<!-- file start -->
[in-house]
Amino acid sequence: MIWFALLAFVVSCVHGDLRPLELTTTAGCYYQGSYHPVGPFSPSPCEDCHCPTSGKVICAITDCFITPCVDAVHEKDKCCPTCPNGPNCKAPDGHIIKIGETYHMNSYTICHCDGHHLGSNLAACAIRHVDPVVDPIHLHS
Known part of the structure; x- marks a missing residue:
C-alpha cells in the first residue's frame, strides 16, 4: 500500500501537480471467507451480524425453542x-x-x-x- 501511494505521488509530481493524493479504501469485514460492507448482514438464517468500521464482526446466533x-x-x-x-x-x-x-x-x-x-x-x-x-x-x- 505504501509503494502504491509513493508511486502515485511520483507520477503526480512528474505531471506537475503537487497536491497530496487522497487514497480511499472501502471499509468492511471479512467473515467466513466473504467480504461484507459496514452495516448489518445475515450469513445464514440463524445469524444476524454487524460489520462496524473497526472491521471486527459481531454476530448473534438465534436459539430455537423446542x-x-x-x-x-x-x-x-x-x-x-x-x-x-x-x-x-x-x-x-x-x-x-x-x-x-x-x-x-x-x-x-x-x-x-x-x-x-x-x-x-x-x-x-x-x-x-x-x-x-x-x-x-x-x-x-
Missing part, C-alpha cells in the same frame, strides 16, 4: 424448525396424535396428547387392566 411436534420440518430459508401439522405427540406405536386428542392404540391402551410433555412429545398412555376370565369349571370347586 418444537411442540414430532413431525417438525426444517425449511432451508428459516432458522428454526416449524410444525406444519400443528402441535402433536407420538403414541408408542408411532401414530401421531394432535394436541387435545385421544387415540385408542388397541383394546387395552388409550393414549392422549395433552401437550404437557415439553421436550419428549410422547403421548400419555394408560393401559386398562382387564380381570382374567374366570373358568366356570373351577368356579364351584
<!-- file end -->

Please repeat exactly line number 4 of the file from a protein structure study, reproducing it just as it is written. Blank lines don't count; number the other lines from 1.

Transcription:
C-alpha cells in the first residue's frame, strides 16, 4: 500500500501537480471467507451480524425453542x-x-x-x- 501511494505521488509530481493524493479504501469485514460492507448482514438464517468500521464482526446466533x-x-x-x-x-x-x-x-x-x-x-x-x-x-x- 505504501509503494502504491509513493508511486502515485511520483507520477503526480512528474505531471506537475503537487497536491497530496487522497487514497480511499472501502471499509468492511471479512467473515467466513466473504467480504461484507459496514452495516448489518445475515450469513445464514440463524445469524444476524454487524460489520462496524473497526472491521471486527459481531454476530448473534438465534436459539430455537423446542x-x-x-x-x-x-x-x-x-x-x-x-x-x-x-x-x-x-x-x-x-x-x-x-x-x-x-x-x-x-x-x-x-x-x-x-x-x-x-x-x-x-x-x-x-x-x-x-x-x-x-x-x-x-x-x-